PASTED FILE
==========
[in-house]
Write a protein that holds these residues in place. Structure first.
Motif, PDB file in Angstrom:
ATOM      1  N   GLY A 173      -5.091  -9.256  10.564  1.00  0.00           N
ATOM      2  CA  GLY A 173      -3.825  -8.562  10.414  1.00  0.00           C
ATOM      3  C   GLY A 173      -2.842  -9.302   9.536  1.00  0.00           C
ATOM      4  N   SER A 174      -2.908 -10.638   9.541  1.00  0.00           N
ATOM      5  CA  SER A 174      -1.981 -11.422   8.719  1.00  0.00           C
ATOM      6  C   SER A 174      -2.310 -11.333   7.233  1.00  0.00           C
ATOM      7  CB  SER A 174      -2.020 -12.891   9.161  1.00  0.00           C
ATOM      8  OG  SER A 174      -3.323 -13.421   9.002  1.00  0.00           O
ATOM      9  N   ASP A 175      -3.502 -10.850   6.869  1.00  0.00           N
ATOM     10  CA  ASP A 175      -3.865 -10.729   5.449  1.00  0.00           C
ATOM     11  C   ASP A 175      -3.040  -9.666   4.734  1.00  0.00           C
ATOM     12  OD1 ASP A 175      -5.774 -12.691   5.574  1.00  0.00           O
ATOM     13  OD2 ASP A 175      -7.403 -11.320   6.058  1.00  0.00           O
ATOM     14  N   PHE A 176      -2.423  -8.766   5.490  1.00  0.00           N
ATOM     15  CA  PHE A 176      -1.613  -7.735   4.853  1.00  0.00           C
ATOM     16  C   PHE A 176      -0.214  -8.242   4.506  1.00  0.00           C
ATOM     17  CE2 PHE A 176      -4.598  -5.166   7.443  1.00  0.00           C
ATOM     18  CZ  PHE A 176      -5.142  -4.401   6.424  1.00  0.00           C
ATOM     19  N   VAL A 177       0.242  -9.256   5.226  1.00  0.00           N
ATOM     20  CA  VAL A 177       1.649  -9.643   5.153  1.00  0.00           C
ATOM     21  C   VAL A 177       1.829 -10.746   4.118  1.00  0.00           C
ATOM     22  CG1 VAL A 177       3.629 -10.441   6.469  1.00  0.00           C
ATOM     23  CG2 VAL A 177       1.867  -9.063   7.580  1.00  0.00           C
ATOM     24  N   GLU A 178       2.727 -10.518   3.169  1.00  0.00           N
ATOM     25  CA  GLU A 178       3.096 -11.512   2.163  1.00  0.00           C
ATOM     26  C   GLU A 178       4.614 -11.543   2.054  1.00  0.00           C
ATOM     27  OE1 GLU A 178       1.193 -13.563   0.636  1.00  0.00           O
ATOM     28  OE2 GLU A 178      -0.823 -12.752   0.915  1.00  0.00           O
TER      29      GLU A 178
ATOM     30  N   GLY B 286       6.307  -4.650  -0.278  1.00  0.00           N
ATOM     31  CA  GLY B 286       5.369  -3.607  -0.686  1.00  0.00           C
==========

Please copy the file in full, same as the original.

[in-house]
Write a protein that holds these residues in place. Structure first.
Motif, PDB file in Angstrom:
ATOM      1  N   GLY A 173      -5.091  -9.256  10.564  1.00  0.00           N
ATOM      2  CA  GLY A 173      -3.825  -8.562  10.414  1.00  0.00           C
ATOM      3  C   GLY A 173      -2.842  -9.302   9.536  1.00  0.00           C
ATOM      4  N   SER A 174      -2.908 -10.638   9.541  1.00  0.00           N
ATOM      5  CA  SER A 174      -1.981 -11.422   8.719  1.00  0.00           C
ATOM      6  C   SER A 174      -2.310 -11.333   7.233  1.00  0.00           C
ATOM      7  CB  SER A 174      -2.020 -12.891   9.161  1.00  0.00           C
ATOM      8  OG  SER A 174      -3.323 -13.421   9.002  1.00  0.00           O
ATOM      9  N   ASP A 175      -3.502 -10.850   6.869  1.00  0.00           N
ATOM     10  CA  ASP A 175      -3.865 -10.729   5.449  1.00  0.00           C
ATOM     11  C   ASP A 175      -3.040  -9.666   4.734  1.00  0.00           C
ATOM     12  OD1 ASP A 175      -5.774 -12.691   5.574  1.00  0.00           O
ATOM     13  OD2 ASP A 175      -7.403 -11.320   6.058  1.00  0.00           O
ATOM     14  N   PHE A 176      -2.423  -8.766   5.490  1.00  0.00           N
ATOM     15  CA  PHE A 176      -1.613  -7.735   4.853  1.00  0.00           C
ATOM     16  C   PHE A 176      -0.214  -8.242   4.506  1.00  0.00           C
ATOM     17  CE2 PHE A 176      -4.598  -5.166   7.443  1.00  0.00           C
ATOM     18  CZ  PHE A 176      -5.142  -4.401   6.424  1.00  0.00           C
ATOM     19  N   VAL A 177       0.242  -9.256   5.226  1.00  0.00           N
ATOM     20  CA  VAL A 177       1.649  -9.643   5.153  1.00  0.00           C
ATOM     21  C   VAL A 177       1.829 -10.746   4.118  1.00  0.00           C
ATOM     22  CG1 VAL A 177       3.629 -10.441   6.469  1.00  0.00           C
ATOM     23  CG2 VAL A 177       1.867  -9.063   7.580  1.00  0.00           C
ATOM     24  N   GLU A 178       2.727 -10.518   3.169  1.00  0.00           N
ATOM     25  CA  GLU A 178       3.096 -11.512   2.163  1.00  0.00           C
ATOM     26  C   GLU A 178       4.614 -11.543   2.054  1.00  0.00           C
ATOM     27  OE1 GLU A 178       1.193 -13.563   0.636  1.00  0.00           O
ATOM     28  OE2 GLU A 178      -0.823 -12.752   0.915  1.00  0.00           O
TER      29      GLU A 178
ATOM     30  N   GLY B 286       6.307  -4.650  -0.278  1.00  0.00           N
ATOM     31  CA  GLY B 286       5.369  -3.607  -0.686  1.00  0.00           C